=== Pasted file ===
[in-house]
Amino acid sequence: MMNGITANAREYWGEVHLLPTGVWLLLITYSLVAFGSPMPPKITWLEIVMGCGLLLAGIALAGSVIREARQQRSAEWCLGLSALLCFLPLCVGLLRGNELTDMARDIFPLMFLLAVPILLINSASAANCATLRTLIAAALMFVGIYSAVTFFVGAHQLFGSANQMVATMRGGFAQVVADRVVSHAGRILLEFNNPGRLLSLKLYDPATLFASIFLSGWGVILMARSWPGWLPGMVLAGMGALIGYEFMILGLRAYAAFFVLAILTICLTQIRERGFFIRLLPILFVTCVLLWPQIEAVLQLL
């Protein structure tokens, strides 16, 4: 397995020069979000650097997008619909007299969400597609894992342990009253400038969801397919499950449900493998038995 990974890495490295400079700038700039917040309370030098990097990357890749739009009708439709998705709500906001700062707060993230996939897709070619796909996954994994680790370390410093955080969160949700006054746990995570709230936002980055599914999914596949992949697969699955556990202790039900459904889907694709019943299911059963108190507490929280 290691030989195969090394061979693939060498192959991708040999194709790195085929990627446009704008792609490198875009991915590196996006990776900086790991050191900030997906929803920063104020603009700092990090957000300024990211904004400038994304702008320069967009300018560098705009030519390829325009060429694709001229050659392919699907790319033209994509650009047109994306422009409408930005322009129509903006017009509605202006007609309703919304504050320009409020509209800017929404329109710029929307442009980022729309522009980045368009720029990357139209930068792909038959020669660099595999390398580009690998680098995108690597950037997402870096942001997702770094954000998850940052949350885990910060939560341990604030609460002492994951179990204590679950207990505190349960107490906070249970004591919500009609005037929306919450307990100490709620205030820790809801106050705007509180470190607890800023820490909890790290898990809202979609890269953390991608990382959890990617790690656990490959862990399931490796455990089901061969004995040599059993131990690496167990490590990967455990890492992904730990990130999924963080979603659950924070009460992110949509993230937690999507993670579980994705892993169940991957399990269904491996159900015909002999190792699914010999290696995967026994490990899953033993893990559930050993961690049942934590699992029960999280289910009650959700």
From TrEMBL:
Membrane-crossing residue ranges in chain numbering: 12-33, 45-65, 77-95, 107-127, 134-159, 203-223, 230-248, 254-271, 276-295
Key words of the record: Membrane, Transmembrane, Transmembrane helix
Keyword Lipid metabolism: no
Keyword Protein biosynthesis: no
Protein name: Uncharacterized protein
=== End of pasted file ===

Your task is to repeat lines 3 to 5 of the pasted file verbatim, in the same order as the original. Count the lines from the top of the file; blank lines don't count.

């Protein structure tokens, strides 16, 4: 397995020069979000650097997008619909007299969400597609894992342990009253400038969801397919499950449900493998038995 990974890495490295400079700038700039917040309370030098990097990357890749739009009708439709998705709500906001700062707060993230996939897709070619796909996954994994680790370390410093955080969160949700006054746990995570709230936002980055599914999914596949992949697969699955556990202790039900459904889907694709019943299911059963108190507490929280 290691030989195969090394061979693939060498192959991708040999194709790195085929990627446009704008792609490198875009991915590196996006990776900086790991050191900030997906929803920063104020603009700092990090957000300024990211904004400038994304702008320069967009300018560098705009030519390829325009060429694709001229050659392919699907790319033209994509650009047109994306422009409408930005322009129509903006017009509605202006007609309703919304504050320009409020509209800017929404329109710029929307442009980022729309522009980045368009720029990357139209930068792909038959020669660099595999390398580009690998680098995108690597950037997402870096942001997702770094954000998850940052949350885990910060939560341990604030609460002492994951179990204590679950207990505190349960107490906070249970004591919500009609005037929306919450307990100490709620205030820790809801106050705007509180470190607890800023820490909890790290898990809202979609890269953390991608990382959890990617790690656990490959862990399931490796455990089901061969004995040599059993131990690496167990490590990967455990890492992904730990990130999924963080979603659950924070009460992110949509993230937690999507993670579980994705892993169940991957399990269904491996159900015909002999190792699914010999290696995967026994490990899953033993893990559930050993961690049942934590699992029960999280289910009650959700």
From TrEMBL:
Membrane-crossing residue ranges in chain numbering: 12-33, 45-65, 77-95, 107-127, 134-159, 203-223, 230-248, 254-271, 276-295